Request Denied for Warrant to Search Potential Gacy Property

The Cook County Sheriffs Police tendered a Search Warrant to the Cook County State’s Attorney’s Office seeking their approval to present it to a Judge for further review and subsequent execution of said warrant. The Warrant requested permission to enter a specific property located on the north side of Chicago and perform a search for possible bodies buried beneath the ground. To make this process as least intrusive as possible the search would have been aided and directed by ground penetrating radar before any ground would be examined by core sampling of anomalies.


The goal of the Sheriff’s Police Department was to use a combination of infrared thermographic imaging and ground penetrating radar site investigation techniques for the location of subsurface anomalies indicative of clandestine gravesites. These techniques have been used by law enforcement all over the country, including the Federal Bureau of Investigations (FBI) and the Sheriff’s Police Department during the investigation of Burr Oak Cemetery. Both techniques are not just accurate but non-invasive.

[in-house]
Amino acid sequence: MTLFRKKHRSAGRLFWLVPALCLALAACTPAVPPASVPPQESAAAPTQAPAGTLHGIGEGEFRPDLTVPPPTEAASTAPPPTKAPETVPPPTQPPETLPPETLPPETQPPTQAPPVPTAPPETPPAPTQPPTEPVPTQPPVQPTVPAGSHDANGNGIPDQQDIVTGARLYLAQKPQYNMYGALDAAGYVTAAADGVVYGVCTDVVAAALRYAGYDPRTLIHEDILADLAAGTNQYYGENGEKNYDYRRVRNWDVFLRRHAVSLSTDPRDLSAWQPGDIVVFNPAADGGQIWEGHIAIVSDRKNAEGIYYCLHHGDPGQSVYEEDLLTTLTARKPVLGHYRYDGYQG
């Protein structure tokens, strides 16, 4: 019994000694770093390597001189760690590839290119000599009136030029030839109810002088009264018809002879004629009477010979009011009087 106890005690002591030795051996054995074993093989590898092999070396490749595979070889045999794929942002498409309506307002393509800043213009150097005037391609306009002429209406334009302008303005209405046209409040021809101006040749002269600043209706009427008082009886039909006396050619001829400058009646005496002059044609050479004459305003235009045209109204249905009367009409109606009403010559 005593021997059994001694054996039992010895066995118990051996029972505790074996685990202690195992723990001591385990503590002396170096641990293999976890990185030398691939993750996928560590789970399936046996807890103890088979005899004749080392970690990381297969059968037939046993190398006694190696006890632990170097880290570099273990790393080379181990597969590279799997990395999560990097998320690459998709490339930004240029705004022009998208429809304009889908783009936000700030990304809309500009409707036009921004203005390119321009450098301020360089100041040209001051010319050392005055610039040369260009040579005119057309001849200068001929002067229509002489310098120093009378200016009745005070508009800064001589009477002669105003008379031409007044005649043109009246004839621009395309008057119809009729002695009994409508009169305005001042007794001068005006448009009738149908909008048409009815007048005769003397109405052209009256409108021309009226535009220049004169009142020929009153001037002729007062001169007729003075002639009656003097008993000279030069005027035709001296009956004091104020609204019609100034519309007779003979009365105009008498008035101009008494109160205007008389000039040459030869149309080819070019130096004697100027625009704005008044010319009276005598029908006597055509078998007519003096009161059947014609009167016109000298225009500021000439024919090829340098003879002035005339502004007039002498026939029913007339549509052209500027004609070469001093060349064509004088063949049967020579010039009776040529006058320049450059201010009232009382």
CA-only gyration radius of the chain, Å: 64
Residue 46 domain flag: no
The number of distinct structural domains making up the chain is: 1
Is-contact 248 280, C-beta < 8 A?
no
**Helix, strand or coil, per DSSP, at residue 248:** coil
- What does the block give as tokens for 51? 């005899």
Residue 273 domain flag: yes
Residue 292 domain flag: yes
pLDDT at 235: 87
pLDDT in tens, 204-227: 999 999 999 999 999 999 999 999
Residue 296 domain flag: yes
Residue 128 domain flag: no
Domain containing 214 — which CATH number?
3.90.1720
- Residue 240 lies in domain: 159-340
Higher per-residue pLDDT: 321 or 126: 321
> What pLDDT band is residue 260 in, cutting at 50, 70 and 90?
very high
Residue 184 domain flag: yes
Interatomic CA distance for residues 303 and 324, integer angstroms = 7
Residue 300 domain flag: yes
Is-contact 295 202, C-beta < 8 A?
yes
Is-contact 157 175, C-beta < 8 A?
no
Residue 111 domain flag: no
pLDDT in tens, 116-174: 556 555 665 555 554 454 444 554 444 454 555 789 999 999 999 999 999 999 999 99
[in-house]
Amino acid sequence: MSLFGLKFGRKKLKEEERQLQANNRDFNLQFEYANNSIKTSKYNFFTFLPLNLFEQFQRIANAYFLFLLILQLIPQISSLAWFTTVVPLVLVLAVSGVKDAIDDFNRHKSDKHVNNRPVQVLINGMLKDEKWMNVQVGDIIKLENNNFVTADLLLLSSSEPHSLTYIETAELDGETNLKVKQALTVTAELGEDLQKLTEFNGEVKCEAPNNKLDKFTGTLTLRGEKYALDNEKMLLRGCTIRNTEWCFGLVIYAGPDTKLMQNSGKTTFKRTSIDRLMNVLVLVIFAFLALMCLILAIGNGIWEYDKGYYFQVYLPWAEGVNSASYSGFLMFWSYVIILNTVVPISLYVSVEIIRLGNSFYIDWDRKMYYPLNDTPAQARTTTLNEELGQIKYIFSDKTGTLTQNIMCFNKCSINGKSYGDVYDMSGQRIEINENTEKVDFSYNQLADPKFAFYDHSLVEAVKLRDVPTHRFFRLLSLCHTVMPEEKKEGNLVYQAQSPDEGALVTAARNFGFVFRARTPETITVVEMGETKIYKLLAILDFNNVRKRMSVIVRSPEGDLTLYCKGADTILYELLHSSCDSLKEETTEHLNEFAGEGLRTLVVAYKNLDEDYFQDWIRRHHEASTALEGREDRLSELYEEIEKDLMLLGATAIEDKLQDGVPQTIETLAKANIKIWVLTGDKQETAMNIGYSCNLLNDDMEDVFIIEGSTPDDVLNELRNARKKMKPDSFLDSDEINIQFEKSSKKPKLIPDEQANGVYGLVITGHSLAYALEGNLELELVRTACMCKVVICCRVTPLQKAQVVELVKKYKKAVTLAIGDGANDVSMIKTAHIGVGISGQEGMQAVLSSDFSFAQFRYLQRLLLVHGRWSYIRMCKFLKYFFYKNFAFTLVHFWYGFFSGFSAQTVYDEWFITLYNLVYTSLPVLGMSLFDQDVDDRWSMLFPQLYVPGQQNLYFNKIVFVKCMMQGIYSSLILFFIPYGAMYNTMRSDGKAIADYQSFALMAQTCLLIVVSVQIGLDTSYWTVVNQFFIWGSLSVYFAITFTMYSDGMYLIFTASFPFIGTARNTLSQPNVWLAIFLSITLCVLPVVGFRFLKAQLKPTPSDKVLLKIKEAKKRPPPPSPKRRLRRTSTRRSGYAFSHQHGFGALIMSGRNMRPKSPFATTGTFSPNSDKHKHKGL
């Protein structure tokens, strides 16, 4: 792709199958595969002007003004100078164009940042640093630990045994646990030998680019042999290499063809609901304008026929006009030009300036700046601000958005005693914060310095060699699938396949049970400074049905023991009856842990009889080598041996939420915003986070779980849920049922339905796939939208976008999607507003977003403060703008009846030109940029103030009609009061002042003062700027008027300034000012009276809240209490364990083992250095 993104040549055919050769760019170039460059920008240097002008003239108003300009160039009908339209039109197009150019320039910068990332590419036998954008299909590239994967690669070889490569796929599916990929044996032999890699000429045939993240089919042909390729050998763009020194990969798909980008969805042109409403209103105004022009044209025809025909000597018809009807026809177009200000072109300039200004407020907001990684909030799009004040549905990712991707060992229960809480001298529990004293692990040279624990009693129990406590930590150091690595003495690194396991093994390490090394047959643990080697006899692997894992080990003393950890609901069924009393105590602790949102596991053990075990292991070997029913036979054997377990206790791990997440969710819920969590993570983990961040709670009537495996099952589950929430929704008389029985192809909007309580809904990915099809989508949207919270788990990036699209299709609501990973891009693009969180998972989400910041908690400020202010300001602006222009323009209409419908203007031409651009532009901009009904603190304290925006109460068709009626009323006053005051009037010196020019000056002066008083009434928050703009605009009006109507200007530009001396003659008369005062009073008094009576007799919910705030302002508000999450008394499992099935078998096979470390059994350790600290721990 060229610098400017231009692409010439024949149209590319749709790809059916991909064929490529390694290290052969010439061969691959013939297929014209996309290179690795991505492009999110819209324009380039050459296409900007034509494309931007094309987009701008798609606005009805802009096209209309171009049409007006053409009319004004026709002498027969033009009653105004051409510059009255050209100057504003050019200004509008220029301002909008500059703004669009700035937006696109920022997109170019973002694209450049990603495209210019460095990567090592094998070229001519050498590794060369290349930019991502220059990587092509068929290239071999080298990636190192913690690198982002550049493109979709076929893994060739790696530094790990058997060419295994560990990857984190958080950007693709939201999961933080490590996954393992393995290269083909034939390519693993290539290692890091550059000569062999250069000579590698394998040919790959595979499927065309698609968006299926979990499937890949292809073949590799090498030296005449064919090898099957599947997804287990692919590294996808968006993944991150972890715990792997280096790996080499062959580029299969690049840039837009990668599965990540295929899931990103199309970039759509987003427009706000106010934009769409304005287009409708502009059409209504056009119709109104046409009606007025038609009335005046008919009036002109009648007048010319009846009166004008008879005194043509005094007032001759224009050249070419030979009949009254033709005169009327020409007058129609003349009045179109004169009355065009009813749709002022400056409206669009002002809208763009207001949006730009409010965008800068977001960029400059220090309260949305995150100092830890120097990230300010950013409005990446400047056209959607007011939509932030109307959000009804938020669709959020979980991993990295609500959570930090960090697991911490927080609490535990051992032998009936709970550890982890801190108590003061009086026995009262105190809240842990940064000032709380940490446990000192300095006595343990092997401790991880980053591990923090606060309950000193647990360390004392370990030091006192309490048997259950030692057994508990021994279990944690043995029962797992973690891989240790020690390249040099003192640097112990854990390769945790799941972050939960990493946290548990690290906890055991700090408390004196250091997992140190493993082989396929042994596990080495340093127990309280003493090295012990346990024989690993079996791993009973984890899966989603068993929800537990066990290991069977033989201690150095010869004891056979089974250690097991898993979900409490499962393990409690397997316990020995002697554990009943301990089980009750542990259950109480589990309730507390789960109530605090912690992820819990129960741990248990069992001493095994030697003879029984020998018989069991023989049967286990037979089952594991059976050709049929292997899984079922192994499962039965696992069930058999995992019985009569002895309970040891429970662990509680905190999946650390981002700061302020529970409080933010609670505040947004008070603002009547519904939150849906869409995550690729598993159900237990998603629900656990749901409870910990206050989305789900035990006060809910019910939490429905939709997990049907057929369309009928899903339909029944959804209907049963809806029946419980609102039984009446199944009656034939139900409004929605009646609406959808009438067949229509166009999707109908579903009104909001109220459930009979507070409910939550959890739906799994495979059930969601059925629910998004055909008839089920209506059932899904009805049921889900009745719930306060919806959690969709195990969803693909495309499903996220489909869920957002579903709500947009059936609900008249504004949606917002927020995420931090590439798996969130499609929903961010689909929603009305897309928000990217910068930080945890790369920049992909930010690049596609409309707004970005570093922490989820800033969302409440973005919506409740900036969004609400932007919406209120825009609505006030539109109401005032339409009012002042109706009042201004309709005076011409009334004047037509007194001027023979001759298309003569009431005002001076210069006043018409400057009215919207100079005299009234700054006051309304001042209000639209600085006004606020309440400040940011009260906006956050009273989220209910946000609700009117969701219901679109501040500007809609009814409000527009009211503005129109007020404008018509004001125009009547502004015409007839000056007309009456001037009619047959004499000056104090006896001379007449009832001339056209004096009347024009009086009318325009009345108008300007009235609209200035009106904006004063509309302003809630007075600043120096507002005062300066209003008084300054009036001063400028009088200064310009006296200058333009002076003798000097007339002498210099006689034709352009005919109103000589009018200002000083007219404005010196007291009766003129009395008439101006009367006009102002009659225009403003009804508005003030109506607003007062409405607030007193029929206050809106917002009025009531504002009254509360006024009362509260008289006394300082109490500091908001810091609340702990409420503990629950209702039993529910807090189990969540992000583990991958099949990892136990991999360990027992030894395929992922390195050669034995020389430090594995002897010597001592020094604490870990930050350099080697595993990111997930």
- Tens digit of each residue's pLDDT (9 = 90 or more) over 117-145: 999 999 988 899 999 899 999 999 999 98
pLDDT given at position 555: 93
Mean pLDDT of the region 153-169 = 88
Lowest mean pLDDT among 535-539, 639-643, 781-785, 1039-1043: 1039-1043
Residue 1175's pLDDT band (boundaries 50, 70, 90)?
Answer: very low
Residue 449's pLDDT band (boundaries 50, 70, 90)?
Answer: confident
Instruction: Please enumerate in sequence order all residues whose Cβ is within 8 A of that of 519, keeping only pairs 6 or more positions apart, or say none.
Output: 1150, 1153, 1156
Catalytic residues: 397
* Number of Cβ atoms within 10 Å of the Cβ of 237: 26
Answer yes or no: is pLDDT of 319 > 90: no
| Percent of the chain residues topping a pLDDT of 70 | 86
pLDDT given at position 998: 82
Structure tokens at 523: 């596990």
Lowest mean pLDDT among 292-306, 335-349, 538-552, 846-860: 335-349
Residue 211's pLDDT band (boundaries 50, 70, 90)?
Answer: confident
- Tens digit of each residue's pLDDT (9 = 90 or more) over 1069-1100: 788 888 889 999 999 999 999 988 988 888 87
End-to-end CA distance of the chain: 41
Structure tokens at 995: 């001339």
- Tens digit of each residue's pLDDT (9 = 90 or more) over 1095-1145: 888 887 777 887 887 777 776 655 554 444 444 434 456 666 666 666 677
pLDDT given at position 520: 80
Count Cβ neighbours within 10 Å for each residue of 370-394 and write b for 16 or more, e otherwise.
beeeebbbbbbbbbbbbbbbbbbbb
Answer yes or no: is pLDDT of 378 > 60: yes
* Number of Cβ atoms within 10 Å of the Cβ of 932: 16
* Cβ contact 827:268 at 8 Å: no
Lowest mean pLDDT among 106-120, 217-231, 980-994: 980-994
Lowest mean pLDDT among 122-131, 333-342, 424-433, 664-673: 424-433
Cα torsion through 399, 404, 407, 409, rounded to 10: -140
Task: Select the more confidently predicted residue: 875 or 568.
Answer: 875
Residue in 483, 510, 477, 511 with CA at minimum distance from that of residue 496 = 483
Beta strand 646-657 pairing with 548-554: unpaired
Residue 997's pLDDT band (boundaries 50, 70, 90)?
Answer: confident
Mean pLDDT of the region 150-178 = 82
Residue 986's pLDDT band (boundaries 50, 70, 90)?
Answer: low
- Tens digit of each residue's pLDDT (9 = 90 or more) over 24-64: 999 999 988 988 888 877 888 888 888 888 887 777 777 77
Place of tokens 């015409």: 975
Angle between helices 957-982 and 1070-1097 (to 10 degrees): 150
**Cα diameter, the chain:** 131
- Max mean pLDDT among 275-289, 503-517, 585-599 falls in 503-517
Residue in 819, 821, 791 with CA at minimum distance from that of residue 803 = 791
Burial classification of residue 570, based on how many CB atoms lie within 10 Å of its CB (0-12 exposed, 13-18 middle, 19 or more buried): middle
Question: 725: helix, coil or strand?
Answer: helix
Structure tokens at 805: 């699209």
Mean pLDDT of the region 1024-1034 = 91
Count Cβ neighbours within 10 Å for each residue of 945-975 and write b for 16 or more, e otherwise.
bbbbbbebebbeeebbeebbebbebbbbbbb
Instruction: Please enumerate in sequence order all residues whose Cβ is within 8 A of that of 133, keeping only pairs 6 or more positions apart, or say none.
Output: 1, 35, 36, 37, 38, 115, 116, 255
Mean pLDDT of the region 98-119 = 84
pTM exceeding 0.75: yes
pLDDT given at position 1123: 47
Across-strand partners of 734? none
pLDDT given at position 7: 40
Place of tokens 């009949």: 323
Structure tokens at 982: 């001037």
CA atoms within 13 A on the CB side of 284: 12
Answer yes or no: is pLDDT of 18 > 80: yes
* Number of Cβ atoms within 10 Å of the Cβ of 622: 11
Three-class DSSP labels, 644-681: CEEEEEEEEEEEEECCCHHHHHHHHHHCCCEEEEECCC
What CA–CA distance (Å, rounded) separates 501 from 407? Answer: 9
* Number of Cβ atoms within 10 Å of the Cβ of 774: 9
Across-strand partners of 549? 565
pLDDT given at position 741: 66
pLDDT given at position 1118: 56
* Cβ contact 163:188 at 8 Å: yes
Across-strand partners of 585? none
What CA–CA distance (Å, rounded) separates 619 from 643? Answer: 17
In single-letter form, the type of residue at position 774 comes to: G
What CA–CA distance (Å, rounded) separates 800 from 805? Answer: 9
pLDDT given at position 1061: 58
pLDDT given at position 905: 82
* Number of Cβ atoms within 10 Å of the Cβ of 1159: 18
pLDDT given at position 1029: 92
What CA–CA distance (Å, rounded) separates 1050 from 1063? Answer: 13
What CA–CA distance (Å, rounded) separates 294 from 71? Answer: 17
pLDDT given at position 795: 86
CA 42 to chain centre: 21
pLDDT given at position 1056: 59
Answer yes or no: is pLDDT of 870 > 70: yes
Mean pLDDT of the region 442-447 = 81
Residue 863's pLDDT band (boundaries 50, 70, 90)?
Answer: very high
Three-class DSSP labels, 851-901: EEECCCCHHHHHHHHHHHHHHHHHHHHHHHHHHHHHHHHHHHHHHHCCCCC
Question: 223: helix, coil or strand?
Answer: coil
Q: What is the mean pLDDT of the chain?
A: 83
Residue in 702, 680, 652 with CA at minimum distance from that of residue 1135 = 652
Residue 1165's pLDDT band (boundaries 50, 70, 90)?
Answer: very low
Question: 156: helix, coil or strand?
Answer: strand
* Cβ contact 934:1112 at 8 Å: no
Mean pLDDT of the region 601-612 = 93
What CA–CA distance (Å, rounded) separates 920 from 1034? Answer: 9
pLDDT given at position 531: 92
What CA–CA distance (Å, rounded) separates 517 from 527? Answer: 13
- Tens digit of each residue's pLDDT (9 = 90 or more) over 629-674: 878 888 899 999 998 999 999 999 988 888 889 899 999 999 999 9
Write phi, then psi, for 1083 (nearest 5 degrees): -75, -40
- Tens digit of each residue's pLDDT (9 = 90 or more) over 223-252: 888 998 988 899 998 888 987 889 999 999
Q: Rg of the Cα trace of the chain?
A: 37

If anomalies were discovered, the next step would be to use a Cadaver Dog to indicate the presence of decomposed human flesh. A bore hole is made in the site of the anomaly, and after waiting 30-mintues a Cadaver Dog is brought in to sniff around the hole and indicate if there is any odor of human decomposition.

The Warrant contained all information relevant to the property and its relationship to John Wayne Gacy possibly burying bodies on the property. After a careful and professional review by the Cook County State’s Attorney’s Office they concluded that the information in the Warrant did not meet the requisite legal standard of probable cause sufficient to present it to a Judge.

A request for permission to conduct the non-invasive search was presented to the owners of the property and they politely declined. Their denial is respected and understandable especially in light of the fact that they had given permission to the Chicago Police Department to do a search in November of 1998. That search resulted in a media frenzy, which greatly disrupted the living conditions of their tenants.

The Sheriff’s Office wishes that the privacy requested by the owner be respected at this time as well.